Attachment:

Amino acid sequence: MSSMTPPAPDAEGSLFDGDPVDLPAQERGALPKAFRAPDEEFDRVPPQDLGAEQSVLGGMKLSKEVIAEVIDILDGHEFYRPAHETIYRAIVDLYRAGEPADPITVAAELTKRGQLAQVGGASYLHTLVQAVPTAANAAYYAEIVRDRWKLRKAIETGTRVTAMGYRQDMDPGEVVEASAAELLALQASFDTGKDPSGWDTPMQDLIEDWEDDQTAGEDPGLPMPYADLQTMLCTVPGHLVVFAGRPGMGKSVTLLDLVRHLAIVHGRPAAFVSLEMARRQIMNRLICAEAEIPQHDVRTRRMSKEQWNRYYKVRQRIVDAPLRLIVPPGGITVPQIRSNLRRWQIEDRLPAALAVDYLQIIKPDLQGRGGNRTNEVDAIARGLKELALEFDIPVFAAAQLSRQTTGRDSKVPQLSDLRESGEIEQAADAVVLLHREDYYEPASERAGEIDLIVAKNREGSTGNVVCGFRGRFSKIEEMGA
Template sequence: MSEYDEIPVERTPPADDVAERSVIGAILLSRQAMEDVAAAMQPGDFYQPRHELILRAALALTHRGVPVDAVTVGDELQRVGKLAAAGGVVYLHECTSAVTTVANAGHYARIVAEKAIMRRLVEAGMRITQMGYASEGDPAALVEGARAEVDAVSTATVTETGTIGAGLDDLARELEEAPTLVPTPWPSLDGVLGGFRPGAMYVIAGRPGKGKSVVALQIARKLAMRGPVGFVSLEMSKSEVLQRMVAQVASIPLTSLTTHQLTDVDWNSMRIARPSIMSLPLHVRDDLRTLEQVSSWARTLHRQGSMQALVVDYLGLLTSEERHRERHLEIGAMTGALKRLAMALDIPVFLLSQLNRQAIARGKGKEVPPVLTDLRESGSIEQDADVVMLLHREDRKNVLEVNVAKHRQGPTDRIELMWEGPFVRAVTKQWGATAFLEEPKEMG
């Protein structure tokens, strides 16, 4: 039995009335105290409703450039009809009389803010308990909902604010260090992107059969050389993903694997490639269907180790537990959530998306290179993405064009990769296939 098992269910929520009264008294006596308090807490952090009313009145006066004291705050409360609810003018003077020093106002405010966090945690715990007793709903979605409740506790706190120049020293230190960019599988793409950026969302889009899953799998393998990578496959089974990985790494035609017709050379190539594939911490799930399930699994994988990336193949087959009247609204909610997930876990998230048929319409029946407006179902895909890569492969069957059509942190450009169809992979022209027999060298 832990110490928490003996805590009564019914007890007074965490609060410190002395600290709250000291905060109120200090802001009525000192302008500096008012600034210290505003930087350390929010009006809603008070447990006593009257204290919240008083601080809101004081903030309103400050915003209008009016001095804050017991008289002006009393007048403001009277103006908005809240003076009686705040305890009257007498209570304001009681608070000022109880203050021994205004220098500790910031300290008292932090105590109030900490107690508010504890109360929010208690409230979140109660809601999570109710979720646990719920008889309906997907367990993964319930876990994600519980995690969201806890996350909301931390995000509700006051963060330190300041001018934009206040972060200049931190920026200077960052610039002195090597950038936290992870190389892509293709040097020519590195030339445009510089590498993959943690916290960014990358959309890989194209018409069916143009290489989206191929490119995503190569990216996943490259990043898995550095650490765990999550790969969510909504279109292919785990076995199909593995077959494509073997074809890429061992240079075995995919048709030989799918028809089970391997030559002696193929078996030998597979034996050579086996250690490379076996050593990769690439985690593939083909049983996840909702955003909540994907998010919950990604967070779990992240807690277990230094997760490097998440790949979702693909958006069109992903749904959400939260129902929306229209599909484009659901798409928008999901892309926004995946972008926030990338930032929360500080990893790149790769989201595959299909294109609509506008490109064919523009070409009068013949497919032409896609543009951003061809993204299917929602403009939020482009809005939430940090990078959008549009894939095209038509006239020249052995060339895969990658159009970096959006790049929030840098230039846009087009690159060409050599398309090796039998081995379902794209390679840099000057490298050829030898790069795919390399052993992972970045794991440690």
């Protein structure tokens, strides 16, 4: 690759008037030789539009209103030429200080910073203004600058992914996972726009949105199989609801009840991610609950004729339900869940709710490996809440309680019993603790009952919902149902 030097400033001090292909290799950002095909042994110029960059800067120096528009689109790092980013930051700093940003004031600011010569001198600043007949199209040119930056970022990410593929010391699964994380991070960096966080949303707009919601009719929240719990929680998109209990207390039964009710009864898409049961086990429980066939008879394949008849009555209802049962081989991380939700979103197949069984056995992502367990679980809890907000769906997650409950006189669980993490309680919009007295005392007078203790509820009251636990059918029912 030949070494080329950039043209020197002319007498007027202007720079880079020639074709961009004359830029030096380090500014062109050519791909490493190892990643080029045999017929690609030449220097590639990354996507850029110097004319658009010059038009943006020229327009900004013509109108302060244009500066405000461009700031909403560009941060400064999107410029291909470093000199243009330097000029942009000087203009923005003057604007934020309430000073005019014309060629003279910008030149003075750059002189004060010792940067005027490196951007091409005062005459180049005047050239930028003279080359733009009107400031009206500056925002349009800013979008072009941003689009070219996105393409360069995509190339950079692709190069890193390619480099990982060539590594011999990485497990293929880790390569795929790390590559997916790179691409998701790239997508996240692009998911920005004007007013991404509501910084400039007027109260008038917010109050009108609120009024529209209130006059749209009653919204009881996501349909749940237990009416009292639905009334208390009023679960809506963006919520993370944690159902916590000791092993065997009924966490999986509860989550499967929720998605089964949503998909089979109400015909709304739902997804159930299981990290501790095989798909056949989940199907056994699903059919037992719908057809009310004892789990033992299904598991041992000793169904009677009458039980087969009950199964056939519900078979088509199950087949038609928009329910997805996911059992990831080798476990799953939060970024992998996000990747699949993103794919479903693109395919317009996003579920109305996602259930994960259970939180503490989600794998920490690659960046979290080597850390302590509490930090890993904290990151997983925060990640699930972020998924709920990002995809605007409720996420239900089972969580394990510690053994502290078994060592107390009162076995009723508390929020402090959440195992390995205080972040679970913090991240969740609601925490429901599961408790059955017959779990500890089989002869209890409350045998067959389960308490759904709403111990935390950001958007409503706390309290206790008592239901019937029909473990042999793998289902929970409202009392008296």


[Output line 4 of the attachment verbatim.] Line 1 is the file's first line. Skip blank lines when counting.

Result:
């Protein structure tokens, strides 16, 4: 690759008037030789539009209103030429200080910073203004600058992914996972726009949105199989609801009840991610609950004729339900869940709710490996809440309680019993603790009952919902149902 030097400033001090292909290799950002095909042994110029960059800067120096528009689109790092980013930051700093940003004031600011010569001198600043007949199209040119930056970022990410593929010391699964994380991070960096966080949303707009919601009719929240719990929680998109209990207390039964009710009864898409049961086990429980066939008879394949008849009555209802049962081989991380939700979103197949069984056995992502367990679980809890907000769906997650409950006189669980993490309680919009007295005392007078203790509820009251636990059918029912 030949070494080329950039043209020197002319007498007027202007720079880079020639074709961009004359830029030096380090500014062109050519791909490493190892990643080029045999017929690609030449220097590639990354996507850029110097004319658009010059038009943006020229327009900004013509109108302060244009500066405000461009700031909403560009941060400064999107410029291909470093000199243009330097000029942009000087203009923005003057604007934020309430000073005019014309060629003279910008030149003075750059002189004060010792940067005027490196951007091409005062005459180049005047050239930028003279080359733009009107400031009206500056925002349009800013979008072009941003689009070219996105393409360069995509190339950079692709190069890193390619480099990982060539590594011999990485497990293929880790390569795929790390590559997916790179691409998701790239997508996240692009998911920005004007007013991404509501910084400039007027109260008038917010109050009108609120009024529209209130006059749209009653919204009881996501349909749940237990009416009292639905009334208390009023679960809506963006919520993370944690159902916590000791092993065997009924966490999986509860989550499967929720998605089964949503998909089979109400015909709304739902997804159930299981990290501790095989798909056949989940199907056994699903059919037992719908057809009310004892789990033992299904598991041992000793169904009677009458039980087969009950199964056939519900078979088509199950087949038609928009329910997805996911059992990831080798476990799953939060970024992998996000990747699949993103794919479903693109395919317009996003579920109305996602259930994960259970939180503490989600794998920490690659960046979290080597850390302590509490930090890993904290990151997983925060990640699930972020998924709920990002995809605007409720996420239900089972969580394990510690053994502290078994060592107390009162076995009723508390929020402090959440195992390995205080972040679970913090991240969740609601925490429901599961408790059955017959779990500890089989002869209890409350045998067959389960308490759904709403111990935390950001958007409503706390309290206790008592239901019937029909473990042999793998289902929970409202009392008296």